Date of Completion


Document Type

Honors College Thesis


Rubenstein School of Environment and Natural Resources

Thesis Type

Honors College

First Advisor

Jarlath O'Neil-Dunne

Second Advisor

Dr. Lesley-Ann Dupigny-Giroux

Third Advisor

Dr. Gillian Galford


Spongy moth, outbreak, Vermont, UAS, drone, remote sensing


Lymantria dispar dispar (spongy moth) is an invasive moth species that causes defoliation and damage to tree canopies across forests in the Northeast United States. In the first large outbreak in Vermont (2021-2022) since 1991, there was a timely opportunity to gain insights into potential monitoring techniques for this forest pest. Remote sensing data and analysis is a common approach to help interpret the impacts of forest disturbances. Although satellite imagery and analysis has been a popular method for studying forest disturbances, coupling remote sensors with unoccupied aircraft systems (UAS or drones), provides a new, powerful and efficient way to monitor invasive pest defoliation. This study explores UAS and satellite data of Little Hogback Community Forest in Monkton, Vermont, which experienced an outbreak of LDD moths in 2021 and 2022. UAS flights collected multispectral imagery (ranging from 6 to 10 cm resolution) and LiDAR data (ranging from 3 to 6 cm resolution). Planet Explorer was used to acquire 3-meter resolution satellite imagery. Analysis in eCognition and ArcGIS Pro revealed the heaviest defoliation in June of 2021, containing the lowest relative area of healthy trees. By August of 2021, the tree foliage had returned, and by July of 2022 the site was almost entirely healthy and foliated. Based on this study, limitations and potential use cases for UAS and satellite data are discussed.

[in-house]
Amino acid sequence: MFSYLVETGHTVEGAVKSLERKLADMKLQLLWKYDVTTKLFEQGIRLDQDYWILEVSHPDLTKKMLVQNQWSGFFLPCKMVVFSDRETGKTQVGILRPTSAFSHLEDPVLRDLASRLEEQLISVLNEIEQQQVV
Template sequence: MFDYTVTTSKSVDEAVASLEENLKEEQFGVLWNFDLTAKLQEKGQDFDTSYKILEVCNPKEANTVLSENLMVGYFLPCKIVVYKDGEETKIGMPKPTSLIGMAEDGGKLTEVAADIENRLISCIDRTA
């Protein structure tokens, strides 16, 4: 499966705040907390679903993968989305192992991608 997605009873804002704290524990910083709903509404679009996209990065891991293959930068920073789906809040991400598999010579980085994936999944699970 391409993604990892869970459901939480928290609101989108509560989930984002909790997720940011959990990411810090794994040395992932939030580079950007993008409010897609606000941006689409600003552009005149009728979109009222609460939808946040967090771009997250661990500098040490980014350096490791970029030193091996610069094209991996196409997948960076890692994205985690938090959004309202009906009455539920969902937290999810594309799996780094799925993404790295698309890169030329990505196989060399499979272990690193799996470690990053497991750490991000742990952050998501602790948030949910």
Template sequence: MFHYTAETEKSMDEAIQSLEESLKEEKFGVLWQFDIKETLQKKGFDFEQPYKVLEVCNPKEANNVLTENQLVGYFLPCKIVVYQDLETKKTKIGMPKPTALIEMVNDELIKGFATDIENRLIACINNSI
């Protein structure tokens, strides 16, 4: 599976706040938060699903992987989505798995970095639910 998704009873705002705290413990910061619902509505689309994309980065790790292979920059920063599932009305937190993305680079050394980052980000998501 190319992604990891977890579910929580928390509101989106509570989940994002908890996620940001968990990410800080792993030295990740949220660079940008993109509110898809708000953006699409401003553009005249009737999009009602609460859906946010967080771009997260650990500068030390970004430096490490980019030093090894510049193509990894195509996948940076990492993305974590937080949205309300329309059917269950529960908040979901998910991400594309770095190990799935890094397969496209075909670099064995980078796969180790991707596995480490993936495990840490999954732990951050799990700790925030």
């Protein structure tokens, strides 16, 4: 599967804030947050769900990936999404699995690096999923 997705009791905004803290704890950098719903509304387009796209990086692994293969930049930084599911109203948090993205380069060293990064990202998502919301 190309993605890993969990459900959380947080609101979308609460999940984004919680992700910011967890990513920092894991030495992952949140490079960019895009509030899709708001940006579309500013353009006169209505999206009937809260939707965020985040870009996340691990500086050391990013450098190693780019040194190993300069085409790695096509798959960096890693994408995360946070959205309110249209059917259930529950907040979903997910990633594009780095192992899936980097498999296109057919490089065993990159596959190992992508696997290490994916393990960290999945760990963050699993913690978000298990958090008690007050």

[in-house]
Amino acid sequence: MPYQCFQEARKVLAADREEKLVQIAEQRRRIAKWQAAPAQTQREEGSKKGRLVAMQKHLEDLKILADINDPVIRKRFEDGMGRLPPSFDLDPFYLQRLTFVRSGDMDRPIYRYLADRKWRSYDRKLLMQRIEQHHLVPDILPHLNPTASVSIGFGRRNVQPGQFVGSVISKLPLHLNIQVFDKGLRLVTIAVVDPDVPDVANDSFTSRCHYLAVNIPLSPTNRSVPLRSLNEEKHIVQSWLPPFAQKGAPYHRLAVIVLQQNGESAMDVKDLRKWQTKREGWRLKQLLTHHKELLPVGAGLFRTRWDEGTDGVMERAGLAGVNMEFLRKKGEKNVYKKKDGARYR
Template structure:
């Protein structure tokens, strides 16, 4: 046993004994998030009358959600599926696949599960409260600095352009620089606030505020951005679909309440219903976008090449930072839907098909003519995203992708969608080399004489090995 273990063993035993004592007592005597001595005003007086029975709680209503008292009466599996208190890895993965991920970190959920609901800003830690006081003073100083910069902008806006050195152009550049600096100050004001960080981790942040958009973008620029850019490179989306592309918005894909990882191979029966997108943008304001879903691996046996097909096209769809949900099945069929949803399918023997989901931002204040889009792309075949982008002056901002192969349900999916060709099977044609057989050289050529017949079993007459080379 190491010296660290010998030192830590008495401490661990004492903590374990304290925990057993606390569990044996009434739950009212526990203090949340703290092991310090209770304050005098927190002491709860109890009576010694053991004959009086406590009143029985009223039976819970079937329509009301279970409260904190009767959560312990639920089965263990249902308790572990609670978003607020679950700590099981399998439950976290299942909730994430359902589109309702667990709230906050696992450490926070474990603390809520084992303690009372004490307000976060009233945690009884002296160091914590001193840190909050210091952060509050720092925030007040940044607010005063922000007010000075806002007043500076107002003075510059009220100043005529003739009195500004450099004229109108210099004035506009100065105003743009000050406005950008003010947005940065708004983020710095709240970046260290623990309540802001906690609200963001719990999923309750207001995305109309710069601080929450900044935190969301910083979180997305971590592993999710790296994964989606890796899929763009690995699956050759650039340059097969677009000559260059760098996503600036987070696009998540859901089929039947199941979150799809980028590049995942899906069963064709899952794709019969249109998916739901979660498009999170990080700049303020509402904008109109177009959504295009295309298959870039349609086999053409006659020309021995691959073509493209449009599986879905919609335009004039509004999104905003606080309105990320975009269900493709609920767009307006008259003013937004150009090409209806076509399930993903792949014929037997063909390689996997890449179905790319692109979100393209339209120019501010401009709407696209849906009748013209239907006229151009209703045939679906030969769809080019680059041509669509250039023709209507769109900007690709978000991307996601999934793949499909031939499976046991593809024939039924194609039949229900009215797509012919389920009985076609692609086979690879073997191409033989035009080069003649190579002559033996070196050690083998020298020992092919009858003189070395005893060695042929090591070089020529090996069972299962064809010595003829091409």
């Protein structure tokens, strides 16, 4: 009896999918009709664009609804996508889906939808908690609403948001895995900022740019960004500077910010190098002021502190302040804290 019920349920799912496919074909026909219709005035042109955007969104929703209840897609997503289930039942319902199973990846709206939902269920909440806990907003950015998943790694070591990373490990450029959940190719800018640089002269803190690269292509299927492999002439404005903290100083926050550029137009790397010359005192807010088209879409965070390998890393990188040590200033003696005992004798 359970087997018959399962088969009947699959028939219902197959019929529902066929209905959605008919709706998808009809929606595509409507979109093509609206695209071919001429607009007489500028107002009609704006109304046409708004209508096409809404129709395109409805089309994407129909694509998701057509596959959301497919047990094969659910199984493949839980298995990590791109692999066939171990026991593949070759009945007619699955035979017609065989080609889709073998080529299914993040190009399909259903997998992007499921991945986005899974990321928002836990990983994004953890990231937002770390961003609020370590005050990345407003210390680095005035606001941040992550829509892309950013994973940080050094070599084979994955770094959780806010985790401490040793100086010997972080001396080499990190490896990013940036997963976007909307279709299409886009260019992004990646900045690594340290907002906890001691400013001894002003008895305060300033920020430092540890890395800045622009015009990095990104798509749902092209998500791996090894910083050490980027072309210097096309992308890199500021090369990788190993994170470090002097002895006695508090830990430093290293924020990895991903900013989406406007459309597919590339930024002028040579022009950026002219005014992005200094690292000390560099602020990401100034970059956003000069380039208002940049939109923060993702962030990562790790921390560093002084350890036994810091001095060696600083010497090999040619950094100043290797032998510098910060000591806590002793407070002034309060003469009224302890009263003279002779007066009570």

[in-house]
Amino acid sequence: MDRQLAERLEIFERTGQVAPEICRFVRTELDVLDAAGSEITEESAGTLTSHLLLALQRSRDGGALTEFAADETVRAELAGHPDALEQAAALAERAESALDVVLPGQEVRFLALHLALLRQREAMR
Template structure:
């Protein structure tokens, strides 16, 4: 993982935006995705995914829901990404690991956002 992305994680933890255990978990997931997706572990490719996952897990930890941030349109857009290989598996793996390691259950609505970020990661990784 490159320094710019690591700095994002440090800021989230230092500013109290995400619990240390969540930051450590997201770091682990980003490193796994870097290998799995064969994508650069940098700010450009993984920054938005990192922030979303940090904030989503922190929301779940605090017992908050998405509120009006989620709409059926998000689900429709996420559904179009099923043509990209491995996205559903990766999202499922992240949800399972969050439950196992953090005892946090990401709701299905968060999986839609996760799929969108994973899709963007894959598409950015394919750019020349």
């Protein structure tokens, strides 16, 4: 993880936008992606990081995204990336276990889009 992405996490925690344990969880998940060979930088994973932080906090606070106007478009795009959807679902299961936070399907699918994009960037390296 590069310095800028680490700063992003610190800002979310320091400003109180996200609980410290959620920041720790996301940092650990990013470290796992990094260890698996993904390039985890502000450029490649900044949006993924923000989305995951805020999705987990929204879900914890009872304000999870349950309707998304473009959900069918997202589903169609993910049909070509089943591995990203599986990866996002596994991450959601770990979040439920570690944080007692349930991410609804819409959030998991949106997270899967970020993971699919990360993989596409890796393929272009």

Creative Commons License

Creative Commons Attribution-Noncommercial-No Derivative Works 3.0 License
This work is licensed under a Creative Commons Attribution-Noncommercial-No Derivative Works 3.0 License.